Review: The King and I (Porchlight Music Theatre Chicago)

     
     

Getting to love you

     
     

Brianna-Borger and Wayne Hu

  
Porchlight Music Theatre Chicago presents
  
The King and I
  
Written by Richard Rodgers and Oscar Hammerstein II
Directed by L. Walter Stearns
Music Directed by Eugene Dizon
at Stage 773, 1225 W. Belmont (map)
through June 5  |  tickets: $35  |  more info

Reviewed by Lawrence Bommer

L. Walter Stearns’ final staging for Porchlight Music Theatre (he’s moving on to manage the Mercury Theatre) is a splendid swan song. Efficient but never merely dutiful, this tender-loving revival of Rodgers and Hammerstein’s 1951 treasure lets the talent on this stage honor the brilliance on the page. Despite lacking the budgets of Marriott Theatre’s 2000 revival or the most recent one at Drury Lane Oakbrook in 2007, Porchlight never allows less to be lacking.

Erik Kaiko as Lun Tha and Jillian Jocson as Tuptim - King and IBesides, look at what they’re working with! It’s rewarding how much the R & H musicals amplify each other, yielding a whole much bigger than its parts. In The King and I we see a British schoolteacher who changes the children around her and shapes the future through her enlightened tutelage of the Crown Prince of Siam. Anna Leonowens anticipates Maria Von Trapp, an Austrian governess who changes the children and around and escapes the present to pursue the sound of music. Likewise, Flower Drum Song carefully chronicles the cultural changes in a community. Above all, like South Pacific, King and I delivers an action lesson in tolerance. Anna and the King learn from each pother, he forbearance and humility before the facts of life, love and death, she the discipline and tradition required to keep a nation together and, more importantly, unconquered.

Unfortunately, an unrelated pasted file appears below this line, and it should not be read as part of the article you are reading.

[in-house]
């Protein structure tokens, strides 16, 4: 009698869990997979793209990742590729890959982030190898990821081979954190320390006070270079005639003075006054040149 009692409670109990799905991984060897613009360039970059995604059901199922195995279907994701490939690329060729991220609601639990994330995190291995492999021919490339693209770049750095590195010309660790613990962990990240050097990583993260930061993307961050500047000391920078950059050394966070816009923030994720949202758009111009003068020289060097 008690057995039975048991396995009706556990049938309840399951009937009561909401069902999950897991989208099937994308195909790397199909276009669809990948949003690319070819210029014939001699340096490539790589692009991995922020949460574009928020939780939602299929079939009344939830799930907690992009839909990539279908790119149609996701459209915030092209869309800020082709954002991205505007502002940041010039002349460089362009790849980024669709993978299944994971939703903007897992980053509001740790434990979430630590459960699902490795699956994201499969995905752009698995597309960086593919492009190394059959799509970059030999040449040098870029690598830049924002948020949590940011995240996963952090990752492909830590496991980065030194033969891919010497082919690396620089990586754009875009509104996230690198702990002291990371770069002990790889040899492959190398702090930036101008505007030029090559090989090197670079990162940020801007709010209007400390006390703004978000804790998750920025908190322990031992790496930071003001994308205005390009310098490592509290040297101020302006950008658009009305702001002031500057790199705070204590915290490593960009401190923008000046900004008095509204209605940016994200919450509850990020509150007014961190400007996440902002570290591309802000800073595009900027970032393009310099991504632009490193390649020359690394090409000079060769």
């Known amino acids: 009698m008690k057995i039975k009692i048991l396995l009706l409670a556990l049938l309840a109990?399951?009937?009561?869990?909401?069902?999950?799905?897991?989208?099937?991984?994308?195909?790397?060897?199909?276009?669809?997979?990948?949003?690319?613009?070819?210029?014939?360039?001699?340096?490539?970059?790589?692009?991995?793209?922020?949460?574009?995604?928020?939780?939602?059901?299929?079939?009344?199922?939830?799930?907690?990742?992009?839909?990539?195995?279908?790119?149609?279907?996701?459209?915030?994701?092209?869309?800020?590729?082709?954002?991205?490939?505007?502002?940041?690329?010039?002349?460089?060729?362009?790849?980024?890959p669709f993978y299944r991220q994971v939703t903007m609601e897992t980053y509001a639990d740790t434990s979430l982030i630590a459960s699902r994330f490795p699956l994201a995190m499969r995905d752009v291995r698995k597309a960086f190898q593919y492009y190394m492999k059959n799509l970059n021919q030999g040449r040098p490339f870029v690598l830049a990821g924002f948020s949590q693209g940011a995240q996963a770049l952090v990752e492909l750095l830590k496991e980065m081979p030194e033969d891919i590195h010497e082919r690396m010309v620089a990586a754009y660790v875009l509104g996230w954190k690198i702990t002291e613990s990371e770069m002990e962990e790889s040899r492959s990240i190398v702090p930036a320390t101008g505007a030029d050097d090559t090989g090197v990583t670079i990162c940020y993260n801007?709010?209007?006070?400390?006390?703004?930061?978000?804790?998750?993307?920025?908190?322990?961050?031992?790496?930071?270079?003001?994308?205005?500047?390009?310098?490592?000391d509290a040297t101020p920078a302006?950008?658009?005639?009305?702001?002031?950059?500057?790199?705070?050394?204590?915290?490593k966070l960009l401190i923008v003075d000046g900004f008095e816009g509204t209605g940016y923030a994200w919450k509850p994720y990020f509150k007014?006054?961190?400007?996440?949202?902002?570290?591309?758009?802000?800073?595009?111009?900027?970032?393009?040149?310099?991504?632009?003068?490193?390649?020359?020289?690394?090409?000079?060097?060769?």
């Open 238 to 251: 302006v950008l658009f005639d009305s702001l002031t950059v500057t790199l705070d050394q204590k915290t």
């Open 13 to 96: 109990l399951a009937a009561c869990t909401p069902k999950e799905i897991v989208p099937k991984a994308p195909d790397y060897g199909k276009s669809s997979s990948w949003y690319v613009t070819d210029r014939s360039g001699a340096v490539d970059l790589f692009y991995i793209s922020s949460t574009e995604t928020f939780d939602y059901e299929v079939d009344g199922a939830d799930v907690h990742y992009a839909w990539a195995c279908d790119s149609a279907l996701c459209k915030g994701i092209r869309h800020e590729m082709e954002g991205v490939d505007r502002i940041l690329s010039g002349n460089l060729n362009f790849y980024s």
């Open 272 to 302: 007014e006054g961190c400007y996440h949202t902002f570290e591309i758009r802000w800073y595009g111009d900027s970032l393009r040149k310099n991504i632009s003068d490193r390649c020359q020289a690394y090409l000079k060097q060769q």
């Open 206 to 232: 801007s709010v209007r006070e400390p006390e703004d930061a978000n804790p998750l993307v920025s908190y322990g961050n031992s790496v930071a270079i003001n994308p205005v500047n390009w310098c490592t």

The closest comparison outside the R & H canon is, interestingly, Fiddler on the Roof: Both musicals deal with central characters coping with change during convulsive historical periods, desperate to preserve tradition (and power) while wryly accepting the future, as much on their terms as possible.

The King’s transformation (and, by implication, that of Siam) is accomplished in stunning songs like “Getting to Know You” and “Shall We Dance?” that win us over from the first note. Well worth the succession from Gertrude Lawrence to Deborah Kerr to Donna Murphy, Brianna Borger’s warmly engaging Anna brings quicksilver resilience and five different kinds of love to her widow, mother, tutor, confidante and lover. Her patter songs, “Shall I Tell You What I Think of You?,” crackles with contagious indignation and hard-core spunk. The first Asian I’ve seen playing the King, burly Wayne Hu stamps the King with wizard timing, wry irascibility and bedrock dignity. The fact that he’s no infallible leader only makes his aspirations to authority more poignant and less threatening.

It’s impossible to overpraise Jillian Anne Jocson’s lovely and lyrical Tuptim, enchanting in “I Have Dreamed” and “We Kiss in Shadow” with ardent Erik Kaiko as her doomed beloved, or Kate Garassino’s elegant Lady Thiang, wisdom wrapped in reticence. The Siamese wives and children (here reduced to six) are marvels of grace in energy and as comely as a palace frieze. Likewise Bill Morey’s elaborate Eastern costumes, their shimmering and sumptuous fabrics lit by Mac Vaughey with what must be new colors, and Ian Zywica’s unit set with its Oriental throne room, filigreed archways, and burnished floor. (Flanking the king are dualistic symbols of East and West—a chess set and a statue of the Buddha.) Brenda Didier’s choreography, faithful to Jerome Robbins, turns “‘The Small House of Uncle Thomas’ Ballet” into a cascade of astonishment and artful reinvention.